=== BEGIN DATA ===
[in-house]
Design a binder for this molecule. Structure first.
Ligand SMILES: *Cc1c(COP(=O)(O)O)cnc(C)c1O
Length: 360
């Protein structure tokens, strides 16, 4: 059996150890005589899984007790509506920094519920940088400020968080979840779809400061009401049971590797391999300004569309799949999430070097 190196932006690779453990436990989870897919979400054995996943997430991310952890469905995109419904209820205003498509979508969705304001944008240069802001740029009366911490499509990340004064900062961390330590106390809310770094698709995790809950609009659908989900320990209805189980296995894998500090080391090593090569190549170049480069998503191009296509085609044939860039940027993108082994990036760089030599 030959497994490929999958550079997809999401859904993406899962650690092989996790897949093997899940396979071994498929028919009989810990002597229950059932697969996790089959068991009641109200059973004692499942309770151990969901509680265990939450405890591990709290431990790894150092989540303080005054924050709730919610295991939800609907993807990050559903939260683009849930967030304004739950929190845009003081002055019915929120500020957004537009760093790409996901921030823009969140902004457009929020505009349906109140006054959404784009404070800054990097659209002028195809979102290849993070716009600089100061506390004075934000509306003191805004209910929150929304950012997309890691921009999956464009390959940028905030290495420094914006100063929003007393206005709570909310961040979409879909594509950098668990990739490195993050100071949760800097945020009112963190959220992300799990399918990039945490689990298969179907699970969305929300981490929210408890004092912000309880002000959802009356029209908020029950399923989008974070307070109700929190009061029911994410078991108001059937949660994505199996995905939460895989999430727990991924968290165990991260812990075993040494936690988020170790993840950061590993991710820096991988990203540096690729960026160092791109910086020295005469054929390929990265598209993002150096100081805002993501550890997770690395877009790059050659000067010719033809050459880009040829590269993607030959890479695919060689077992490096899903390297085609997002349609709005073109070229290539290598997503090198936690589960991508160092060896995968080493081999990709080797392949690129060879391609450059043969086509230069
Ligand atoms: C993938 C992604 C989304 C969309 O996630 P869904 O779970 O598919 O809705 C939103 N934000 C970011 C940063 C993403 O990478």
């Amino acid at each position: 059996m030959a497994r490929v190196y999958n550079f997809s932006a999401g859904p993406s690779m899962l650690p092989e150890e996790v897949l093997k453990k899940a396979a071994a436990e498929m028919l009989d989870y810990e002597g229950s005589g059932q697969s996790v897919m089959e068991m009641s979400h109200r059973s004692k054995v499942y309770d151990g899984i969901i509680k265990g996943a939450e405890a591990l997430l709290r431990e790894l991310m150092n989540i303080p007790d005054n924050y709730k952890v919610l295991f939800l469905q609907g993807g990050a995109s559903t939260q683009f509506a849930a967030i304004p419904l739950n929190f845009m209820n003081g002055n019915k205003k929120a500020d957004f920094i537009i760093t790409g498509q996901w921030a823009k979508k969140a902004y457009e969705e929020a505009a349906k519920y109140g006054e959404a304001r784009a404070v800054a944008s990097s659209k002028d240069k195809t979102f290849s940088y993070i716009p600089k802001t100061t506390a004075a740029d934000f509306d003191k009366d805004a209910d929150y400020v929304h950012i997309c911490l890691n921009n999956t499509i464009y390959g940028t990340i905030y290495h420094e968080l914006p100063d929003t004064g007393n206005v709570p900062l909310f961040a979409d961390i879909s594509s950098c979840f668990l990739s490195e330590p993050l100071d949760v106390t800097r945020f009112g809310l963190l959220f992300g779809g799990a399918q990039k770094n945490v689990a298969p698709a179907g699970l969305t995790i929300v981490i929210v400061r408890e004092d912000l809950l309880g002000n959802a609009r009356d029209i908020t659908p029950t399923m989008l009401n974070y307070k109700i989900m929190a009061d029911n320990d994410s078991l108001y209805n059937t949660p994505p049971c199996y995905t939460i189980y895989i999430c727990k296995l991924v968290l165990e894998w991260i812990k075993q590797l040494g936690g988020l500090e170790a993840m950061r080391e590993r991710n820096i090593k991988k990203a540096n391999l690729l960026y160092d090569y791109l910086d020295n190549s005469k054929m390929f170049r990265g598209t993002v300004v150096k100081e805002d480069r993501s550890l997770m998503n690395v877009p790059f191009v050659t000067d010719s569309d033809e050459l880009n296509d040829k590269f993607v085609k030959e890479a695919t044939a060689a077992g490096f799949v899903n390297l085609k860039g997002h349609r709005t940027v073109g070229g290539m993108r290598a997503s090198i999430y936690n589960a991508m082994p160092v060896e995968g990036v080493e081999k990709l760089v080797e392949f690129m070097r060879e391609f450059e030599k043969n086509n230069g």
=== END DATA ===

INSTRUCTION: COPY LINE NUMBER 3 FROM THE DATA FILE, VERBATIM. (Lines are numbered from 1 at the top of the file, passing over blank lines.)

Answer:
Ligand SMILES: *Cc1c(COP(=O)(O)O)cnc(C)c1O